An open Bible and a cup of coffee.

And the Pharisees also, who were covetous, heard all these things: and they derided him. And he said unto them, Ye are they which justify yourselves before men; but God knoweth your hearts: for that which is highly esteemed among men is abomination in the sight of God. The law and the prophets were until John: since that time the kingdom of God is preached, and every man presseth into it.”
Luke 16:14-16

Some of the more difficult to understand of Christ’s teachings are found in the sixteenth chapter of Luke’s Gospel. The chapter begins with the Lord’s parable of a rich man’s steward who was wasteful with his master’s resources. When the steward discovered that his master had found out about his misconduct, he quickly hatched a plot to provide for himself after he got fired. He called those indebted to his master and told them their debts had been severely reduced. This he did in order to gain their favor and their practical help after he found himself jobless. Luke goes on to tell us that “the lord commended the unjust steward, because he had done wisely: for the children of this world are in their generation wiser than the children of light. And I say unto you, Make to yourselves friends of the mammon of unrighteousness; that, when ye fail, they may receive you into everlasting habitations” (Luke 16:8-9). The Lord was certainly not commending the steward for his deceitfulness, but for his shrewdness and creativity in procuring a desirable future for himself. The steward did what he could in order to receive love and support from others. Similarly, our Lord would have us to make the best use of our physical resources in order to bless and help others so that when we go to heaven one day, we will receive a warm reception from those who benefited from our actions. This selfless use of our physical wealth stands in stark contrast to the Pharisees who loved money (Luke 16:14). Jesus explained to them in today’s verse passage that people must “press” into the kingdom. I take this verse to be a parallel to the Lord’s teachings in Matthew chapter seven. “Enter ye in at the strait gate,” said the Lord, “for wide is the gate, and broad is the way, that leadeth to destruction, and many there be which go in thereat: Because strait is the gate, and narrow is the way, which leadeth unto life, and few there be that find it (Matthew 7:13-14). People must press into the kingdom just because the way is so narrow. There is barely enough room for each of us to enter. As the apostle Peter tells us, the righteous are saved with much difficulty (1 Peter 4:18). There is no room for our sin, pride, or our material possessions. May we be people who happily and confidently surrender all we have and all we are to the Savior who loved us first and gave Himself for us (Galatians 2:21).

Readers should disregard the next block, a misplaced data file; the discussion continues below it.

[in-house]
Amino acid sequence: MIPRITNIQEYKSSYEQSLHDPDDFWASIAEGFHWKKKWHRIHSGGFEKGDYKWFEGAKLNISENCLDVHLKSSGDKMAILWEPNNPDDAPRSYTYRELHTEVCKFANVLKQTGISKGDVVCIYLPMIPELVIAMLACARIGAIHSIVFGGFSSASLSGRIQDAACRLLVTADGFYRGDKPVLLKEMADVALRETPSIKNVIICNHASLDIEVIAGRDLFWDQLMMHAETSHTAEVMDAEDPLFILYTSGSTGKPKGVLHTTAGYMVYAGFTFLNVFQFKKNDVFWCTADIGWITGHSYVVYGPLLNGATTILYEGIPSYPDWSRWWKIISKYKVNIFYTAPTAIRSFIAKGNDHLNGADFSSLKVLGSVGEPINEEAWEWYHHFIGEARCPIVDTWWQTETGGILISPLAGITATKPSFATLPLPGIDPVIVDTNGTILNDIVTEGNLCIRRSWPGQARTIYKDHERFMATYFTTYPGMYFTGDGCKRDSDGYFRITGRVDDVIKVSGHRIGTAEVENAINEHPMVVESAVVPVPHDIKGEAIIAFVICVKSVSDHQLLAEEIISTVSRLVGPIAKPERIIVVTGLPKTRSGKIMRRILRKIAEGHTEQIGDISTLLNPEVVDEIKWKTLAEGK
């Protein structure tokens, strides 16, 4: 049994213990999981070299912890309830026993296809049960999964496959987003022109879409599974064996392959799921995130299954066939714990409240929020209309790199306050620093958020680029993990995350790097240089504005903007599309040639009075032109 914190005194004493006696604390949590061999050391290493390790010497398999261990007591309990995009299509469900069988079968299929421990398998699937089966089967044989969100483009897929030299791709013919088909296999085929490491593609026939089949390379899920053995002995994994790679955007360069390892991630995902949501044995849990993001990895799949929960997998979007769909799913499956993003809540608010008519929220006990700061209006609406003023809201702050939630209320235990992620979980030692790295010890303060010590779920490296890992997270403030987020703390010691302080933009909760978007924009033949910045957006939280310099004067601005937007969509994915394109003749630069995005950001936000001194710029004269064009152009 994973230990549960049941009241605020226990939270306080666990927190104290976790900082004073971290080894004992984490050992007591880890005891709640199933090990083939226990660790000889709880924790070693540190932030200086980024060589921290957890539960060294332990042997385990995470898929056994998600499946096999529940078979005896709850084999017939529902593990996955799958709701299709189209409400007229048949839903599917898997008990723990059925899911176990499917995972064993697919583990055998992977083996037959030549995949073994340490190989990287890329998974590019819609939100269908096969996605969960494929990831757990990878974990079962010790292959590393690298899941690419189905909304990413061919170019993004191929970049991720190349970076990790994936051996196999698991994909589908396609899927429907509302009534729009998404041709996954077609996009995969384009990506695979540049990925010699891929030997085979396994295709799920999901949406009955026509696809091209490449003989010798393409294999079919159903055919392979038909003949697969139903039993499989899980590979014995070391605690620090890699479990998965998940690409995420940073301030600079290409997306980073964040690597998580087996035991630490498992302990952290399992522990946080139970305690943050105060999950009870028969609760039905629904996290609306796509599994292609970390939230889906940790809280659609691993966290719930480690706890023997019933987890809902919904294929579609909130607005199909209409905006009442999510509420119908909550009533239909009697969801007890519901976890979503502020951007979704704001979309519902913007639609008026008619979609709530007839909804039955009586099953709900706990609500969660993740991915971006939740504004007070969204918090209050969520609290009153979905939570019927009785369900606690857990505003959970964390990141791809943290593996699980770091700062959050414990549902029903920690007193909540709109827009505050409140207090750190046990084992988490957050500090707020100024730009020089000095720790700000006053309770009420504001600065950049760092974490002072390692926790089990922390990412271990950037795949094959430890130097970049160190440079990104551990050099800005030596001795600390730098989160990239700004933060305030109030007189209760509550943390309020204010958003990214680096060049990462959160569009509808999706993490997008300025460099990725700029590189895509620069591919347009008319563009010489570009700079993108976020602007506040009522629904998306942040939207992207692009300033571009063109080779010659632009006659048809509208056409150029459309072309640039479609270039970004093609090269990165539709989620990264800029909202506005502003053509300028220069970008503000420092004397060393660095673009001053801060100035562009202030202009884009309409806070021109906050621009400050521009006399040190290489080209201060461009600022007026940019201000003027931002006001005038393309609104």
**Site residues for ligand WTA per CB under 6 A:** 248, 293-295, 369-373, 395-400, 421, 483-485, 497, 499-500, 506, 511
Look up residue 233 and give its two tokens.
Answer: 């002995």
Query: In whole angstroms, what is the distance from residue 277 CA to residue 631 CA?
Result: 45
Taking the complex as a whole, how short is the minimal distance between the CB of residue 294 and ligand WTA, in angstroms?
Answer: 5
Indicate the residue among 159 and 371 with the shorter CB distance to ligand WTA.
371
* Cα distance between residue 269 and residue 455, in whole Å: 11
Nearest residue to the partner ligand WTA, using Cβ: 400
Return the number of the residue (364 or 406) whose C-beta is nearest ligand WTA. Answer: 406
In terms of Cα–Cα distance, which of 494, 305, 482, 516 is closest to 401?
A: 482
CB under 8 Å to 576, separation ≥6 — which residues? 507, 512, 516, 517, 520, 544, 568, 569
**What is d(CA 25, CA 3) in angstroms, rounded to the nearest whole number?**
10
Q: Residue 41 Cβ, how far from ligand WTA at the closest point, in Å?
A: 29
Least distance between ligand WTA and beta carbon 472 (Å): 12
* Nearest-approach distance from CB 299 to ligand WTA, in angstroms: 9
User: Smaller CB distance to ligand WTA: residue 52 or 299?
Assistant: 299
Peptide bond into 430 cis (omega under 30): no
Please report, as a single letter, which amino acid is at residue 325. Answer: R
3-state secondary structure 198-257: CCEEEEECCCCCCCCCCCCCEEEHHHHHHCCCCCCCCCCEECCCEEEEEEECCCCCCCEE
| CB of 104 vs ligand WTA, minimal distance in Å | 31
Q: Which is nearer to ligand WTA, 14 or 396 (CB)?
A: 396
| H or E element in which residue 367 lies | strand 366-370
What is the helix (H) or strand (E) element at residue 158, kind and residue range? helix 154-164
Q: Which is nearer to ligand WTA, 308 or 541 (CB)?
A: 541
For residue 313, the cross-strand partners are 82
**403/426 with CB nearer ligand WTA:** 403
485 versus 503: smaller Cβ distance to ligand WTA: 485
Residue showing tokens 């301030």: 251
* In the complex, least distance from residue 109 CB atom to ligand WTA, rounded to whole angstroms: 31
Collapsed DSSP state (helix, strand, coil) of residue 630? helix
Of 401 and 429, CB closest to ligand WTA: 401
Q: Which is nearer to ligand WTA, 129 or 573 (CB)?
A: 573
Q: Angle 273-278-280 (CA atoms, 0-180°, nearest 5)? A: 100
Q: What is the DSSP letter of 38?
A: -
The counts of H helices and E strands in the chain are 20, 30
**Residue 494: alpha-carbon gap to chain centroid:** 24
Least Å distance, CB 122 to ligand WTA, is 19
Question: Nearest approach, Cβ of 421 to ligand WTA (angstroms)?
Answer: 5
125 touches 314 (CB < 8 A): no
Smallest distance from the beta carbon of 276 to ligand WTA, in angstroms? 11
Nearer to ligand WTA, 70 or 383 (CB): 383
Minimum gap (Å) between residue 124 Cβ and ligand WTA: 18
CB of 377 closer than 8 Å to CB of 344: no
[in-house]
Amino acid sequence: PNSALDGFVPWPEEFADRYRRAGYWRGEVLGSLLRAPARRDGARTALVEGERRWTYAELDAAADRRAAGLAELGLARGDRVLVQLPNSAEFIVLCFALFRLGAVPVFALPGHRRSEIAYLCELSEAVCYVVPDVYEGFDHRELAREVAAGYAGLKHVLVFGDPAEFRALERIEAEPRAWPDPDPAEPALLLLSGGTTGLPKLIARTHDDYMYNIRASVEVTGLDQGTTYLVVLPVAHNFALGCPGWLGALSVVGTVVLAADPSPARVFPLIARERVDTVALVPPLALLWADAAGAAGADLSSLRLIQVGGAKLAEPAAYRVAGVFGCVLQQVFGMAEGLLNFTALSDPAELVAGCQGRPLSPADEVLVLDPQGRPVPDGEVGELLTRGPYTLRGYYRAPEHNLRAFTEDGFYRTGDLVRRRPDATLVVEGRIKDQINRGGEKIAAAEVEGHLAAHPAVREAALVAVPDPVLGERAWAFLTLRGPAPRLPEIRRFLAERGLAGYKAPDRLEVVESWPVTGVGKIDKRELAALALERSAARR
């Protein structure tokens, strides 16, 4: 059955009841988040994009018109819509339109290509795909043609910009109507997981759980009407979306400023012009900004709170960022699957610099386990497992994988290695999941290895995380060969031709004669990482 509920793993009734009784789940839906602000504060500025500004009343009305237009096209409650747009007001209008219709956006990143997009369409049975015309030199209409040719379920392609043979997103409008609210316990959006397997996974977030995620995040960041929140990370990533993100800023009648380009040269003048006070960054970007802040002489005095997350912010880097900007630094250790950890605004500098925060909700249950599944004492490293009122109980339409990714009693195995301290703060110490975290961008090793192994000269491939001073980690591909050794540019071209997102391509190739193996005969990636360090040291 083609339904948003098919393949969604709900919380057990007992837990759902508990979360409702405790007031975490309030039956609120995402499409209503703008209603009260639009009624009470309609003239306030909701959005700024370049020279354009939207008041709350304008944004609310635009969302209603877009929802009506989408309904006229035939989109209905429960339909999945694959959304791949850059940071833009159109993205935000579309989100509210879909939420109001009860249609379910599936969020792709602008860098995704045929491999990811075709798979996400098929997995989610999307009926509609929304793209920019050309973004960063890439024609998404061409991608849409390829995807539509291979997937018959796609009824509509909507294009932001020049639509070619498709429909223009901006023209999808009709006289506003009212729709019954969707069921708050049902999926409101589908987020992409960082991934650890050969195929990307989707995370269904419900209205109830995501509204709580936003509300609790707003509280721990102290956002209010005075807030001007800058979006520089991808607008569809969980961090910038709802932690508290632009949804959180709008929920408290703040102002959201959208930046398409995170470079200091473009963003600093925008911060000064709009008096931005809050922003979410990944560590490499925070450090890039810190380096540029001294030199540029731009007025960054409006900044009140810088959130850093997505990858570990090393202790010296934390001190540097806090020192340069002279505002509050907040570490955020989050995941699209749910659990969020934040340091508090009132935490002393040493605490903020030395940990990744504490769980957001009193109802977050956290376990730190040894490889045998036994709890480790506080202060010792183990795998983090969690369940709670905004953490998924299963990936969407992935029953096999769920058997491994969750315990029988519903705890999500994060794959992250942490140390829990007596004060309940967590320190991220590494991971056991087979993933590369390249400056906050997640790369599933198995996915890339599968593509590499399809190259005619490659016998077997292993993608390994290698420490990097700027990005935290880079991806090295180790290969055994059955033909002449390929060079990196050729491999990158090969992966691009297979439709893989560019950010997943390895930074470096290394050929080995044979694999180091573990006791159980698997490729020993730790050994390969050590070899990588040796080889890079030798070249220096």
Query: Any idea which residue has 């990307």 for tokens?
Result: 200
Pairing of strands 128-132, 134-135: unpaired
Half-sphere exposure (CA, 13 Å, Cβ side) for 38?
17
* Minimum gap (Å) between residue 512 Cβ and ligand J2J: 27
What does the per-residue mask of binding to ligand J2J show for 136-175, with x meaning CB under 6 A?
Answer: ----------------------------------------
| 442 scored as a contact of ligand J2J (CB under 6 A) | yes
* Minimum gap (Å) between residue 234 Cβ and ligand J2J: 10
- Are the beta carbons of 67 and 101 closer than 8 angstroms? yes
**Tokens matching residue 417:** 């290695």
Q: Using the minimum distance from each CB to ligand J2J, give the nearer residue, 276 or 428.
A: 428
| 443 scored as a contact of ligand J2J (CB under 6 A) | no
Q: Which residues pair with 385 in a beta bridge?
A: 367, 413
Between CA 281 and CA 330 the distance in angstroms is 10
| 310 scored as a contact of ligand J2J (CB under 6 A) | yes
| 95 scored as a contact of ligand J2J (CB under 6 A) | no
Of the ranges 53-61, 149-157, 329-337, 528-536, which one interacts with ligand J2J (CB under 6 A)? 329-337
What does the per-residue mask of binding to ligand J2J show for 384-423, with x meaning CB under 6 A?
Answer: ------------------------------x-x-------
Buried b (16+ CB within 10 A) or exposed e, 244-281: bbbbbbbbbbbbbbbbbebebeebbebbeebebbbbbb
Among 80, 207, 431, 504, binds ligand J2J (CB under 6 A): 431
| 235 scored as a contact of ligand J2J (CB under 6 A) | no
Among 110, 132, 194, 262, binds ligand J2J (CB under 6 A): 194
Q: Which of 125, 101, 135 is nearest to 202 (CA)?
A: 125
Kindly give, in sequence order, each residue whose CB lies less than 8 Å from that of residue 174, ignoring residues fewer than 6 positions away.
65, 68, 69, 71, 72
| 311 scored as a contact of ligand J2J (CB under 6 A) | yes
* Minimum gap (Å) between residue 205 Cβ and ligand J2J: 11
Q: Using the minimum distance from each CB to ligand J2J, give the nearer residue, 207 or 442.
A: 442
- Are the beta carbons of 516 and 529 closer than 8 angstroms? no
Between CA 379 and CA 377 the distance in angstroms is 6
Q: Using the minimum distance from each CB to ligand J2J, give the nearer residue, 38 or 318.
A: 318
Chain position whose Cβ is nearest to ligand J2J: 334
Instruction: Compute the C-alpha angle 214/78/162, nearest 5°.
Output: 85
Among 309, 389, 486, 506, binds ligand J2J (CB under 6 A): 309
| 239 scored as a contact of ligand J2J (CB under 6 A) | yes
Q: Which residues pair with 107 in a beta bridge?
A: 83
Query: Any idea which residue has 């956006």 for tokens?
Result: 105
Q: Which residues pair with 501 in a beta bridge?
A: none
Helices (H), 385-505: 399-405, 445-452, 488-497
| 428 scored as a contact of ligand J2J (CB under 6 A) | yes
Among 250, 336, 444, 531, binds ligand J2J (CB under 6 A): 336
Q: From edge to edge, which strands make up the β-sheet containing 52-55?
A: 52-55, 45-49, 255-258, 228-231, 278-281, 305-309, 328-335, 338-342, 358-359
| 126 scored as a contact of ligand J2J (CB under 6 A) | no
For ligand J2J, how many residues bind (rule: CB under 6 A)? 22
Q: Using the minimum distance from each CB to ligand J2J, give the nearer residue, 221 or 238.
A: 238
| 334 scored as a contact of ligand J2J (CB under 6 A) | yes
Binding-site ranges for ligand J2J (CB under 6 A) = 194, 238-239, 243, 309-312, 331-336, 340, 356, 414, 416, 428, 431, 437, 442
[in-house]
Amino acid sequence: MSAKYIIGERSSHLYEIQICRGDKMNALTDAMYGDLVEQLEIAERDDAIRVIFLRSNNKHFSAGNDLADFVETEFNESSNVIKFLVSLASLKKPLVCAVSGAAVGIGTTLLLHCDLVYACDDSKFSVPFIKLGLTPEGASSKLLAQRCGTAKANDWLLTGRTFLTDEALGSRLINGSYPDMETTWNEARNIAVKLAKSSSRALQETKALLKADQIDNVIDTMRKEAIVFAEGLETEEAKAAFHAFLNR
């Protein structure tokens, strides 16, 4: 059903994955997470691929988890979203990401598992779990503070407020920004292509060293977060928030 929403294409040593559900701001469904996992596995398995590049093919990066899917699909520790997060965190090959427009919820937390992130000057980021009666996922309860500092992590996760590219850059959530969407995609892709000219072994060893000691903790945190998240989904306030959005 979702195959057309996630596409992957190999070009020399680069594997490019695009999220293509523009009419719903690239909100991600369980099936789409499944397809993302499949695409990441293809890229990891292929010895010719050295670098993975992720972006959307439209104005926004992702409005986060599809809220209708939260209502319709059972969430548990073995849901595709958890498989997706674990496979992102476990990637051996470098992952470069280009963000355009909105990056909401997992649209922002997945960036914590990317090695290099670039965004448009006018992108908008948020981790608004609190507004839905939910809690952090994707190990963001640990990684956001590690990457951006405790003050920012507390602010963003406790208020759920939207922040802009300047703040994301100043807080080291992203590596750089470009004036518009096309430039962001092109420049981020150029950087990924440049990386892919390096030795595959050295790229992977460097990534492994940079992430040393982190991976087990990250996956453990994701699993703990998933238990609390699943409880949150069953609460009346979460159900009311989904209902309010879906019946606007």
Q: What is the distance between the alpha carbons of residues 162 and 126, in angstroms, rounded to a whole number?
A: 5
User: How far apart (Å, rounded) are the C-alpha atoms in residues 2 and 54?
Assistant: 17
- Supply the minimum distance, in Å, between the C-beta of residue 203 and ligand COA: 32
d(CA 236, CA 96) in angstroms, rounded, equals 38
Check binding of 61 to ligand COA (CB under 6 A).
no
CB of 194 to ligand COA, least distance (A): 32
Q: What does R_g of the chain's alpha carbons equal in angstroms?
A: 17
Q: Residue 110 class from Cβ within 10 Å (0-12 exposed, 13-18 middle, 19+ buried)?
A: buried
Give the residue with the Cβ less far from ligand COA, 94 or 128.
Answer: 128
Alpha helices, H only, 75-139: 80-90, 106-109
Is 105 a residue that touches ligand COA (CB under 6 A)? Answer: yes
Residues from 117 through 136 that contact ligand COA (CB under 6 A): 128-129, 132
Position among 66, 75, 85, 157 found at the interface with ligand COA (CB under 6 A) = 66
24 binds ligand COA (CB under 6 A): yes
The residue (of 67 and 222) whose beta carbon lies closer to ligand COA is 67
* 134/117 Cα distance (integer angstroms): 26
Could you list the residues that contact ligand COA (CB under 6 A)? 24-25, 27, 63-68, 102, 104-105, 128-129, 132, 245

God bless you,

Pastor John